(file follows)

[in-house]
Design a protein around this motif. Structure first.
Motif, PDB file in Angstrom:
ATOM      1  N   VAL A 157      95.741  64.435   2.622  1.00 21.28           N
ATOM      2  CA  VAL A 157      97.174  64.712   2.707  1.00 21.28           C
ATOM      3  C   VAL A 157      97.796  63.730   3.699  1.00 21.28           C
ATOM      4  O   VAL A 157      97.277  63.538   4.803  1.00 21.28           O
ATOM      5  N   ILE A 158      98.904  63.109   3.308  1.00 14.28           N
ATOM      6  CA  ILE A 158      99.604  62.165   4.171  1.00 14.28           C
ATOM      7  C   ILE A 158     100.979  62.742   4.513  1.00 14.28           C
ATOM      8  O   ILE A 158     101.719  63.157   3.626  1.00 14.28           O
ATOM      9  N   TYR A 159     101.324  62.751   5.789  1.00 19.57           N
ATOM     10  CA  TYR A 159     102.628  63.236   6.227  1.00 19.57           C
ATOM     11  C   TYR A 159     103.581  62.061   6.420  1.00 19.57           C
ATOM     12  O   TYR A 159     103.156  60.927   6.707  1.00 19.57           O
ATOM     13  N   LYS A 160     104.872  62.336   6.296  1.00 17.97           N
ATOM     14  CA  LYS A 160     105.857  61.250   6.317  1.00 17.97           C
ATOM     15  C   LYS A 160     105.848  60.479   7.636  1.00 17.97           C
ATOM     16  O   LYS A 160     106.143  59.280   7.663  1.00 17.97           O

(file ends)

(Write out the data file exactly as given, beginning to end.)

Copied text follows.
[in-house]
Design a protein around this motif. Structure first.
Motif, PDB file in Angstrom:
ATOM      1  N   VAL A 157      95.741  64.435   2.622  1.00 21.28           N
ATOM      2  CA  VAL A 157      97.174  64.712   2.707  1.00 21.28           C
ATOM      3  C   VAL A 157      97.796  63.730   3.699  1.00 21.28           C
ATOM      4  O   VAL A 157      97.277  63.538   4.803  1.00 21.28           O
ATOM      5  N   ILE A 158      98.904  63.109   3.308  1.00 14.28           N
ATOM      6  CA  ILE A 158      99.604  62.165   4.171  1.00 14.28           C
ATOM      7  C   ILE A 158     100.979  62.742   4.513  1.00 14.28           C
ATOM      8  O   ILE A 158     101.719  63.157   3.626  1.00 14.28           O
ATOM      9  N   TYR A 159     101.324  62.751   5.789  1.00 19.57           N
ATOM     10  CA  TYR A 159     102.628  63.236   6.227  1.00 19.57           C
ATOM     11  C   TYR A 159     103.581  62.061   6.420  1.00 19.57           C
ATOM     12  O   TYR A 159     103.156  60.927   6.707  1.00 19.57           O
ATOM     13  N   LYS A 160     104.872  62.336   6.296  1.00 17.97           N
ATOM     14  CA  LYS A 160     105.857  61.250   6.317  1.00 17.97           C
ATOM     15  C   LYS A 160     105.848  60.479   7.636  1.00 17.97           C
ATOM     16  O   LYS A 160     106.143  59.280   7.663  1.00 17.97           O